We are working now to realise that goal through the full and faithful implementation of all the provisions of the joint declaration. We are collectively undertaking a new and truly unprecedented task. This task requires a spirit of co-operation and good will between Britain and China. It requires a fair measure of flexibility and mutual understanding in overcoming specific problems as they arise, and—as the hon. Member for Motherwell, South (Dr. Bray) said—in responding to developments both in the People's Republic of China and in Hong Kong, and, indeed, in the United Kingdom. It also requires the proper involvement of the people of Hong Kong in the process, to ensure that their views are fully taken into account at all stages.

The Sino-British joint liaison group set up under the joint declaration is the forum in which our consultations with the Chinese take place. Its task is a daunting one. It has to cope with a plethora of technical and practical detail, all of which needs to be satisfactorily covered before 1997.

I am glad to report that the group has made substantial progress since it began to meet in 1985. We have reached agreement with the Chinese on a number of important matters: for example, on Hong Kong's membership of certain international organisations, such as GATT, on air services and on certain nationality matters. The group is currently holding its ninth plenary meeting in Hong Kong, and has again made useful progress.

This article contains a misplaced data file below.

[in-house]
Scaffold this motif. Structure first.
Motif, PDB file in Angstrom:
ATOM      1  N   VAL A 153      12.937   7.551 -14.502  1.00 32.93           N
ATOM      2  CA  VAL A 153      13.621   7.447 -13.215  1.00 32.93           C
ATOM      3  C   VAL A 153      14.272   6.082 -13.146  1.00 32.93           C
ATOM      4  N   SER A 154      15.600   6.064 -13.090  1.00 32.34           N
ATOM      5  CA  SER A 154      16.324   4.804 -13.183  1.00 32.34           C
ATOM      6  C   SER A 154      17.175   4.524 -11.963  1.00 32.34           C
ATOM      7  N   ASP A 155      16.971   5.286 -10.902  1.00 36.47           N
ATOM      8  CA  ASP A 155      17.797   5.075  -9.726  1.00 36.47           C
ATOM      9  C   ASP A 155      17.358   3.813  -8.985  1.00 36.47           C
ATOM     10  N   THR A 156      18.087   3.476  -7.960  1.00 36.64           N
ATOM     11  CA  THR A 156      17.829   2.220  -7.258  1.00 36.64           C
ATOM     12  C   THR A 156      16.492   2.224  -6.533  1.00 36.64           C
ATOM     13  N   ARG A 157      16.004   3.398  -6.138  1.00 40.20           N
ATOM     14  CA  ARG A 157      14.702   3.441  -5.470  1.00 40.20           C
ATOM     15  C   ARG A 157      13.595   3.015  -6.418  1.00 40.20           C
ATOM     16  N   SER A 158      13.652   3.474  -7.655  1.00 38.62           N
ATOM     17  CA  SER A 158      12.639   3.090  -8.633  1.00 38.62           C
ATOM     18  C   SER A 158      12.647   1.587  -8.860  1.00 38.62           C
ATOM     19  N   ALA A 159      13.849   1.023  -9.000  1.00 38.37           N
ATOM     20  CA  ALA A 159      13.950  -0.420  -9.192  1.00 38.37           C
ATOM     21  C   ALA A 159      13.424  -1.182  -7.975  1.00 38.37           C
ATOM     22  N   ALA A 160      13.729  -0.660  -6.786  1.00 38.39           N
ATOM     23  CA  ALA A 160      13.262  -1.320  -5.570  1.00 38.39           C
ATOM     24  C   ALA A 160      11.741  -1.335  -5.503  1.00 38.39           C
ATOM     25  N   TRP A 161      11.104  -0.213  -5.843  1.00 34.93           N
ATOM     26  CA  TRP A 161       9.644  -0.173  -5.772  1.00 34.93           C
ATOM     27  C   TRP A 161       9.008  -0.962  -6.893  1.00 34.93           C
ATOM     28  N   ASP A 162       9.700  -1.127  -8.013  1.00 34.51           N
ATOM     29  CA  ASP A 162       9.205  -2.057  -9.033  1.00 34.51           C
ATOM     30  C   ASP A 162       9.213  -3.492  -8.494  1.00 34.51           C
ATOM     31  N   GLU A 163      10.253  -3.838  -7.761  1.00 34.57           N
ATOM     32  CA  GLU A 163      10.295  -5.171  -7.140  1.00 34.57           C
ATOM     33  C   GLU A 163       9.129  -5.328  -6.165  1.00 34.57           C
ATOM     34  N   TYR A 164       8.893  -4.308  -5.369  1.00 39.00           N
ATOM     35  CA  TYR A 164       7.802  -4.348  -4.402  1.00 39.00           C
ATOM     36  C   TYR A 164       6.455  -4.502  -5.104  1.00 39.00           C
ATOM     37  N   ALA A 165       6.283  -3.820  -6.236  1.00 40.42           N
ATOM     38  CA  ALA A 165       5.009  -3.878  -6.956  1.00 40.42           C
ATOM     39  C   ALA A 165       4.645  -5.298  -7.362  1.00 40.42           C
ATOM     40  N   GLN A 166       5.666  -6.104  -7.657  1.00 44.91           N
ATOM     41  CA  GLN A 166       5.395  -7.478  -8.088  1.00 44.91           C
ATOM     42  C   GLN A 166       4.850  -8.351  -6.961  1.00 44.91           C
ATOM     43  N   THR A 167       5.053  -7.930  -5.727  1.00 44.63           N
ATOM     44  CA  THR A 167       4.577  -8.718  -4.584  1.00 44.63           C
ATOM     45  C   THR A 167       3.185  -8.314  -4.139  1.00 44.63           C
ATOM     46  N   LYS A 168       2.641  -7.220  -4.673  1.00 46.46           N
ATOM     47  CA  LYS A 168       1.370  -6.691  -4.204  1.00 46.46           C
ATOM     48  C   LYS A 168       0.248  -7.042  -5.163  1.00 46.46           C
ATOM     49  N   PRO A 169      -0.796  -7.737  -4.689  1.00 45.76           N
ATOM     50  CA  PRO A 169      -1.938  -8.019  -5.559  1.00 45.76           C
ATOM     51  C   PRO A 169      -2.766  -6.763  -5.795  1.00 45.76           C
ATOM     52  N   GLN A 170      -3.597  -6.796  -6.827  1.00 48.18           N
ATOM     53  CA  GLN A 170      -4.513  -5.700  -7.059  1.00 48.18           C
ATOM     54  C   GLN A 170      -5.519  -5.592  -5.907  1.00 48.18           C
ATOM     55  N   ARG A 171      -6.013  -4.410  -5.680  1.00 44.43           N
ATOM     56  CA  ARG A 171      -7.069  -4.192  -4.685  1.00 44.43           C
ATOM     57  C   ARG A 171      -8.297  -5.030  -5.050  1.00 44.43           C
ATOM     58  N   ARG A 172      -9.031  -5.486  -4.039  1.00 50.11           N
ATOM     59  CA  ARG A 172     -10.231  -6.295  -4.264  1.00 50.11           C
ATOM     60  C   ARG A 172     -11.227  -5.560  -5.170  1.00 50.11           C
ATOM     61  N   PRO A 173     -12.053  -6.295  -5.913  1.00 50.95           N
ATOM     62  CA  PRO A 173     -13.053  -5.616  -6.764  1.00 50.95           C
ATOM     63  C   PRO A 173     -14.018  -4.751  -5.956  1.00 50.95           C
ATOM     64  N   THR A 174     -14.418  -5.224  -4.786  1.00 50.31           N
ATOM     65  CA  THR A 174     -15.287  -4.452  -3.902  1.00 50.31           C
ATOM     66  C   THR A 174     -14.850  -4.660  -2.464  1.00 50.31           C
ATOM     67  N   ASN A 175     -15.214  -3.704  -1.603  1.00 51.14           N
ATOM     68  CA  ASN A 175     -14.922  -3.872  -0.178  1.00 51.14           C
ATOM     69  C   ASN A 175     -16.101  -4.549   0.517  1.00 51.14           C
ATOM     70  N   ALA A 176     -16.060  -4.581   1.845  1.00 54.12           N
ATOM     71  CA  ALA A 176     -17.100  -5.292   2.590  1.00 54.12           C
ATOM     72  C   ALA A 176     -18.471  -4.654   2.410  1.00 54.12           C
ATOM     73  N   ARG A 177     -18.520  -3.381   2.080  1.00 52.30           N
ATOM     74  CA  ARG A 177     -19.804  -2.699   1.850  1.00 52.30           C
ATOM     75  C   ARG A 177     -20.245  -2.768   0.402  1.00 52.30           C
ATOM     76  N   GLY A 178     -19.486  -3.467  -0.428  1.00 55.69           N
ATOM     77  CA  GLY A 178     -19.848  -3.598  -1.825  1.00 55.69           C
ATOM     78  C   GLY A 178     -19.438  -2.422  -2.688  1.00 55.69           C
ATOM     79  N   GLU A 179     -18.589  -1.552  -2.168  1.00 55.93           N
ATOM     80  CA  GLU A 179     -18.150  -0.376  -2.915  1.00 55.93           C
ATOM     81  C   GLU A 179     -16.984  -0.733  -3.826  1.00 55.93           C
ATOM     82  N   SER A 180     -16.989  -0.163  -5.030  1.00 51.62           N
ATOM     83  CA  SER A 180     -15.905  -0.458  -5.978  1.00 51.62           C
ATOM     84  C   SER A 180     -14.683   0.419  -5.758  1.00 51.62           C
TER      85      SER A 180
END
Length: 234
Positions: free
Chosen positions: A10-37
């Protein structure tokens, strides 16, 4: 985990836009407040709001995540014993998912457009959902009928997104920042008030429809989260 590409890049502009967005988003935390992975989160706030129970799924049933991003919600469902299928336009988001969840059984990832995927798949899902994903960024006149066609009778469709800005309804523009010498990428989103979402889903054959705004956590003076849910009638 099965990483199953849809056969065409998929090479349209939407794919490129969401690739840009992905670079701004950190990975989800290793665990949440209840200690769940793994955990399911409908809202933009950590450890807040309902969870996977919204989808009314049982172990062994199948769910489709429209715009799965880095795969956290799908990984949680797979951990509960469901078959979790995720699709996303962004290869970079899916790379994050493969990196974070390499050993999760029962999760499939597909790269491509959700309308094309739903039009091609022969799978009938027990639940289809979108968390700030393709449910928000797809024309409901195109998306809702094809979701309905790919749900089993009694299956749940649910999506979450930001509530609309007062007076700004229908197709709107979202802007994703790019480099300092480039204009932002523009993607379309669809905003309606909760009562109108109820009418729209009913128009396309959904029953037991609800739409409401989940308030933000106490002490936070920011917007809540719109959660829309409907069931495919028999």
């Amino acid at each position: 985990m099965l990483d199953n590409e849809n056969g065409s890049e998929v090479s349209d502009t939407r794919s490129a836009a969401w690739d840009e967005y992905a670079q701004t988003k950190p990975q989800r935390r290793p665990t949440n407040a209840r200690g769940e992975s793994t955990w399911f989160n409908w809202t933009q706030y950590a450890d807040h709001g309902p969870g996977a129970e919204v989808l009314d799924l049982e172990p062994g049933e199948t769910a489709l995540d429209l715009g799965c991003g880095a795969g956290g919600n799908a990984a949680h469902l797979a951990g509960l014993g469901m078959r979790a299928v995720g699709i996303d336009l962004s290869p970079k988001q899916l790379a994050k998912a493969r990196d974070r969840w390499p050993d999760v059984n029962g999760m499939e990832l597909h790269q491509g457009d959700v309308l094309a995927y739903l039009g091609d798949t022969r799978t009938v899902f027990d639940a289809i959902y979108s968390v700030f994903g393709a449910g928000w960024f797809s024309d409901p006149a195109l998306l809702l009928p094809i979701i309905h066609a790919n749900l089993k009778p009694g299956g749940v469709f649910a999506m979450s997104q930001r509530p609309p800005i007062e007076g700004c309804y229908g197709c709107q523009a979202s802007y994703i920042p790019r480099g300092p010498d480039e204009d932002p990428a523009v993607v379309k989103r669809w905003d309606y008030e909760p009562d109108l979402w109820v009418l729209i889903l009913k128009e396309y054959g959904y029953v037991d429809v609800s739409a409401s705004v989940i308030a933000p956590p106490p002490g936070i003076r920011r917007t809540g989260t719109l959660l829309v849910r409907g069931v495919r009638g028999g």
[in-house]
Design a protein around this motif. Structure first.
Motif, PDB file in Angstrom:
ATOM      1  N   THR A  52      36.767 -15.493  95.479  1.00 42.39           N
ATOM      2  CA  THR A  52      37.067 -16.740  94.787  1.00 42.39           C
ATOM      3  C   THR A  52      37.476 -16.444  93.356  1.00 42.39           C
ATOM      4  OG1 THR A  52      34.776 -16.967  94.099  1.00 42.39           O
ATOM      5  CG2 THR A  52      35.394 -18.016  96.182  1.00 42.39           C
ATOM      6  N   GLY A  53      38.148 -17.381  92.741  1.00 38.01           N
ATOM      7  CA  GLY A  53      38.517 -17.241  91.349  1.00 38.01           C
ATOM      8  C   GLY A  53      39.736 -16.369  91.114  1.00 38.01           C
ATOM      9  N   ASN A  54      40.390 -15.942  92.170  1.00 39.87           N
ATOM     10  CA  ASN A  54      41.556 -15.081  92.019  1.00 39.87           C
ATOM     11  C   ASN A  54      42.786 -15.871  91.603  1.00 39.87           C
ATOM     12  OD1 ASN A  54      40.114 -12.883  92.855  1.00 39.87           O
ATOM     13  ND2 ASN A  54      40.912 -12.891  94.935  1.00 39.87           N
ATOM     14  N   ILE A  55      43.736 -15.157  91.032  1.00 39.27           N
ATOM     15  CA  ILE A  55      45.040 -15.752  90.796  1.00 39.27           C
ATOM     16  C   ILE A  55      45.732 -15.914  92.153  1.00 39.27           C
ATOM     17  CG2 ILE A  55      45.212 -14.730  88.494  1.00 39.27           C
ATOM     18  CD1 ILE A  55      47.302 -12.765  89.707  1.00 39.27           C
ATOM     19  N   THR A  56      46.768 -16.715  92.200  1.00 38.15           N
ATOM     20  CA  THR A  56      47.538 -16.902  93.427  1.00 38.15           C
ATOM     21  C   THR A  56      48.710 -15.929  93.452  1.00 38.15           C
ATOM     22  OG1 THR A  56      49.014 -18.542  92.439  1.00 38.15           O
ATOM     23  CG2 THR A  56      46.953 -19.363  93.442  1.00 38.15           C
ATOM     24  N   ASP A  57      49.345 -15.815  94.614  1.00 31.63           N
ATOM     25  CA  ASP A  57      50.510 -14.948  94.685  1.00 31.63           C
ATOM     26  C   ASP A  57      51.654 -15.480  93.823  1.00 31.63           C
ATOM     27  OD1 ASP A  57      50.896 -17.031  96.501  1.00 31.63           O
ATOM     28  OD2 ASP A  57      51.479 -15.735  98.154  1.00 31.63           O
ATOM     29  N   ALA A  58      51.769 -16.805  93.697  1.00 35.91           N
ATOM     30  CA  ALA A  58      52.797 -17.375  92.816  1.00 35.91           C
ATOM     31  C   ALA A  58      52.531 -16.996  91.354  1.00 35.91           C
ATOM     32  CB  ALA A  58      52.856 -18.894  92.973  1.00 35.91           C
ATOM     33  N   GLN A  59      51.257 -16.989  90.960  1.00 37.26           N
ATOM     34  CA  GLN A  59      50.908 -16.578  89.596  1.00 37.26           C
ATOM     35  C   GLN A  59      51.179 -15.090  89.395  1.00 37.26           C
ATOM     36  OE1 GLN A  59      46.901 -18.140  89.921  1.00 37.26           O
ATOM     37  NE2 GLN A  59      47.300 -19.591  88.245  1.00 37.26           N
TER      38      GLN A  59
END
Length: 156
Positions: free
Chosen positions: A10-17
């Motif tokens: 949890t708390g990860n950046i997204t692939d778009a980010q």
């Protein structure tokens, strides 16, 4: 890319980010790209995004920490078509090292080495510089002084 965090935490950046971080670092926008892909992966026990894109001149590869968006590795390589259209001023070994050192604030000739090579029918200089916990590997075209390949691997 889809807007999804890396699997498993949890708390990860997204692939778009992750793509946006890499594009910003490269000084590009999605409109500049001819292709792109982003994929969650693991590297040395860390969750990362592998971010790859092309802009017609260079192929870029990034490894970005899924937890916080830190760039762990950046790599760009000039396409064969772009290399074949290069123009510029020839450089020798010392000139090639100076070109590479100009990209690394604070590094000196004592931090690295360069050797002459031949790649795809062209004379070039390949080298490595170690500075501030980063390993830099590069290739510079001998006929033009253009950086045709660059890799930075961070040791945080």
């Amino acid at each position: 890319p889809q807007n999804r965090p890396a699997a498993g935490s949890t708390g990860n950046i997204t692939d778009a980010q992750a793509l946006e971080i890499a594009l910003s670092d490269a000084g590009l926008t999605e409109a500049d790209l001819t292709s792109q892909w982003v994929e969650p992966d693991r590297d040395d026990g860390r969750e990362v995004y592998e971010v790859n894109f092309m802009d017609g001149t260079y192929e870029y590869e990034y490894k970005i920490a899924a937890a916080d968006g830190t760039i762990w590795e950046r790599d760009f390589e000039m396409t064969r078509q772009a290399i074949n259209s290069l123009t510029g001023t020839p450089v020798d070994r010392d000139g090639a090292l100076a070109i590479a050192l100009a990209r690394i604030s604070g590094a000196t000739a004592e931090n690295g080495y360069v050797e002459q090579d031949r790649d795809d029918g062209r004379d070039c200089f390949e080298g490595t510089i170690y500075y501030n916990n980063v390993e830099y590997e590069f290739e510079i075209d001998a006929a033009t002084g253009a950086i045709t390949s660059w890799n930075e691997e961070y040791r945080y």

From 1 July this year the joint liaison group will have Hong Kong as its principal base, although plenary meetings will continue to take place in rotation in Peking and London, in accordance with the provisions of the joint declaration. The move to Hong Kong will none the less be an important step forward and will signify further intensification of our working contacts with the Chinese on Hong Kong.

Another important step forward took place on 10 February, with the publication by the Hong Kong Government of their White Paper on the development of representative government, which has been referred to in the debate. The House had an opportunity to express its views on 11 February, and the Government have taken very careful note of those views. While some hon. Members took the view that the White Paper should have gone further, many others recognised the major importance of the decisions that it contained. I thought that the hon. Member for Hamilton (Mr. Robertson) exaggerated slightly the differences that that discussion revealed across the House.

The hon. Member for Wrexham referred, slightly dismissively, to the A.G.B. McNair survey. It must be repeated that that survey represents only one aspect of the review of opinion. The hon. Gentleman asked why direct elections were to be delayed until 1991, and said that the survey used the phrase "delay". Opinions on the timing of direct elections were sharply divided; we believe that the Hong Kong people's views suggested a preference for a continuous and gradual approach. We must remember that there was a major change to the LegCo as recently as 1985.